Launching the autism learning health network blog autism speaks gas bubble retinal detachment

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Today, I’m pleased to tell you about a major milestone in the work of the Autism Speaks Autism Treatment Network (ATN) in its role as the Autism Intervention Research Network on Physical Health. The ATN/AIR-P network includes 12 medical centers across the United States and Canada, – all dedicated to delivering the best comprehensive healthcare for children and teens on the autism spectrum.

Over the next two years the ATN/AIR-P is expanding to become a learning health network in partnership with the Interactive Autism Network (IAN) of the Kennedy Krieger Institute and with the guidance of the Anderson Center for Health Systems Excellence, at Cincinnati Children’s.

This transition builds on the ATN’s longstanding mission to develop care guidelines that improve health and quality of life for people with autism. Making our new partnership with IAN possible is funding from PCORnet, the National Patient-Centered Clinical Research Network. This will bring the Autism Learning Health Network into a new national PCORnet Learning Health System Community located at the Anderson Center.

Learning health networks are multicenter collaborations of families, providers and researchers working together to drive innovation, quality, safety and value in healthcare. They do so by using the experiences of patients to guide the development of improved healthcare practices.

Our early work as the ATN/AIR-P provided the scientific evidence needed to establish that autism is frequently accompanied by a range of medical and mental health challenges. These associated health conditions include epilepsy, disordered sleep, gastrointestinal problems and anxiety disorders, to name just a few. ( See “Autism and Health: A special report by Autism Speaks.”)

Together, our ATN/AIR-P clinicians developed and published some of the first screening and treatment guidelines for these autism-associated health conditions. (See “ Pediatrics publishes research & guidelines on autism-related health issues.”)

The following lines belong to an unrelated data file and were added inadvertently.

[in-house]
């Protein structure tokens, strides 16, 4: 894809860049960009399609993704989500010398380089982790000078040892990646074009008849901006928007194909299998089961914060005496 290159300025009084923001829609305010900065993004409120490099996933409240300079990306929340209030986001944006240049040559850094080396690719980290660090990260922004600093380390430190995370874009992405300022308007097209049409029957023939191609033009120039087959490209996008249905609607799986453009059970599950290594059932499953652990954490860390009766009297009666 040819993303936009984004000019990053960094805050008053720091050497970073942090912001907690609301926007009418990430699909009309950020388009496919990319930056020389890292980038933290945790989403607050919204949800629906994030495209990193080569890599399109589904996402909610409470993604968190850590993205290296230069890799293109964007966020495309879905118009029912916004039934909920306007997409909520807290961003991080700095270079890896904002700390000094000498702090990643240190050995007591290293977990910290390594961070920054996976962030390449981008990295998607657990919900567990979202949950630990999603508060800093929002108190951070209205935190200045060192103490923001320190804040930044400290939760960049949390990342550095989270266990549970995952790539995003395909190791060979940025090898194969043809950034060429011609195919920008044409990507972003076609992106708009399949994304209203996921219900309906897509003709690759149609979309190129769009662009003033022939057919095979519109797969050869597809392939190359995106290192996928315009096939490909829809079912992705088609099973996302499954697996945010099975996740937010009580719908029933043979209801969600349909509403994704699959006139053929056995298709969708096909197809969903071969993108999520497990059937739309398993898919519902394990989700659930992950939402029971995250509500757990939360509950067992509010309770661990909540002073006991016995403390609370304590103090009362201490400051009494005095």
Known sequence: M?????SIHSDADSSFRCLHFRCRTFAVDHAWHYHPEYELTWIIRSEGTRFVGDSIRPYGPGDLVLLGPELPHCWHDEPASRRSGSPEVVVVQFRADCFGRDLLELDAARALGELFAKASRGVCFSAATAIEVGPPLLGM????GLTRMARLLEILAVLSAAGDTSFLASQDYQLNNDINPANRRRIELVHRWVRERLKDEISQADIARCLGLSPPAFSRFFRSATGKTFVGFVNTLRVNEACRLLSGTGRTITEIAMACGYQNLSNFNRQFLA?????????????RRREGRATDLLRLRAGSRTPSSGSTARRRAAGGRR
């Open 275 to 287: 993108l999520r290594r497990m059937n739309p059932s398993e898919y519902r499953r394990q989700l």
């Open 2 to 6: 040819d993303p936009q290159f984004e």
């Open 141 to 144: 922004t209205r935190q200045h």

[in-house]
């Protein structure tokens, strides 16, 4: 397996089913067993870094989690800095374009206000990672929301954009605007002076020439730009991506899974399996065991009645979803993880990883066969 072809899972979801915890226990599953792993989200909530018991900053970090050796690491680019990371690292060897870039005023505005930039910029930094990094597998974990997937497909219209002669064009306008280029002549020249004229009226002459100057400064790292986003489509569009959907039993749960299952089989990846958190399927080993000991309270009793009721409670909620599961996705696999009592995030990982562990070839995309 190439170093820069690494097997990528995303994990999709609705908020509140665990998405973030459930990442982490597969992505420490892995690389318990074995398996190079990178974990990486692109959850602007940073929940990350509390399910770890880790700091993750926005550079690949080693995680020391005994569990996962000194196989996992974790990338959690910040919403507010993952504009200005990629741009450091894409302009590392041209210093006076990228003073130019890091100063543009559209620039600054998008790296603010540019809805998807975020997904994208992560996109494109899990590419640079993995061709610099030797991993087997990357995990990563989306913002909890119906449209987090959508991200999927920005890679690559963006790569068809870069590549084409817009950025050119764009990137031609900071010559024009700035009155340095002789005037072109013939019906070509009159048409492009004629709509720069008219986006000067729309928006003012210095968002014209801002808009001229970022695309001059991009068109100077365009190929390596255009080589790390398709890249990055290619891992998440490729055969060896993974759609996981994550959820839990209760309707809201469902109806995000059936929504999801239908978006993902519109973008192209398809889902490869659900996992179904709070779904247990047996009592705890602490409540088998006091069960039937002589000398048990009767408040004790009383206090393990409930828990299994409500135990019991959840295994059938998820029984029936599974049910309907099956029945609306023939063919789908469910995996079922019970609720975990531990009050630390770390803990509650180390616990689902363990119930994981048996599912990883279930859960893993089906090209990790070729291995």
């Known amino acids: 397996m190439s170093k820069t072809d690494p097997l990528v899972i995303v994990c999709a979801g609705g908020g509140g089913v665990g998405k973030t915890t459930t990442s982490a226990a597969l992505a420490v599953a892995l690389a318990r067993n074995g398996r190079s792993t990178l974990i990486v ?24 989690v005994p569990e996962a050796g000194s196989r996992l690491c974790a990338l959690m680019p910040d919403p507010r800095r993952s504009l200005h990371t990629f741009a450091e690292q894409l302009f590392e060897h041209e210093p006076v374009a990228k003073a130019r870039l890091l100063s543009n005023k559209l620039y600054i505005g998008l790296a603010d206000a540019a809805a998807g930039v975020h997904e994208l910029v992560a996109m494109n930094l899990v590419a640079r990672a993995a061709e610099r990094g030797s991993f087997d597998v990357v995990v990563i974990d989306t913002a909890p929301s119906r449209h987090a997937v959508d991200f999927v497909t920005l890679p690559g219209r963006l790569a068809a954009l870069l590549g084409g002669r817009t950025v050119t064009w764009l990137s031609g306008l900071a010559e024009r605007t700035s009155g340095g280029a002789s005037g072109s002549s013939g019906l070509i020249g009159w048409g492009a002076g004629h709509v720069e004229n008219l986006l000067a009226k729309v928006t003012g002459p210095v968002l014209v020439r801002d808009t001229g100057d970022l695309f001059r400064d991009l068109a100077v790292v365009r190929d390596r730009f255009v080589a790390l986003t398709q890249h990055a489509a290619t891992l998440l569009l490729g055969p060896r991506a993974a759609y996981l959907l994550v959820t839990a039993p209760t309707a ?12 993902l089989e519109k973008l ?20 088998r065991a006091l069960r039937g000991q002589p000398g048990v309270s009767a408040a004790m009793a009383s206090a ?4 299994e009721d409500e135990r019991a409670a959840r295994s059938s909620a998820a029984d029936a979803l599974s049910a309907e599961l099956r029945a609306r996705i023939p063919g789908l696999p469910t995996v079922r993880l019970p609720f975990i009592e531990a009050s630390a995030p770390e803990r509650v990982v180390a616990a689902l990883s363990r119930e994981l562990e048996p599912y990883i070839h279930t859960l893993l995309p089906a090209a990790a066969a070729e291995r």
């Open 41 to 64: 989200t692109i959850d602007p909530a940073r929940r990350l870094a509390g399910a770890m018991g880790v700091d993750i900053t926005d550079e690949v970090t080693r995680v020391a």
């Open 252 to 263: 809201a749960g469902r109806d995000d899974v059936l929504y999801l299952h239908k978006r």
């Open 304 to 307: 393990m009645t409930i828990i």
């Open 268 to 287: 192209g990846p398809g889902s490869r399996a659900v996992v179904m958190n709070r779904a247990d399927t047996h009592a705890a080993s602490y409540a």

Learning health networks are known for making effective use of technology, including electronic health records. Technology enables us to collect information with every clinic visit. This is always done in a privacy-protected manner in collaboration with participating families.

As mentioned earlier, we’ll use what we learn from the patient experience to develop improved treatments and support services for autism-related medical conditions. We’ll then test these new approaches with clinical trials and compare their effectiveness with other promising approaches.

As part of this work, we will be rebuilding the ATN Patient Research Registry in ways that will enable us to perform quality improvement analysis and introduce improved care strategies back into the clinic in a matter of months rather than years.

In 2006, Autism Speaks helped launch Kennedy Krieger Institute’s Interactive Autism Network as an online forum that enabled the families in the autism community to become active participants in research and directly link with researchers across the country. IAN continues this work today with funding from the Simons Foundation.

Our IAN partners bring groundbreaking tools and expertise for collecting reports from parents and other caregivers on the health and well-being of children who have autism, from infancy into early adulthood, while also supporting their families. This new capacity will allow the Autism Learning Health Network to engage with families between clinic visits and monitor the child and family’s advances in the home and community. We also hope to expand participation to families who are not directly receiving care at our ATN/AIR-P centers.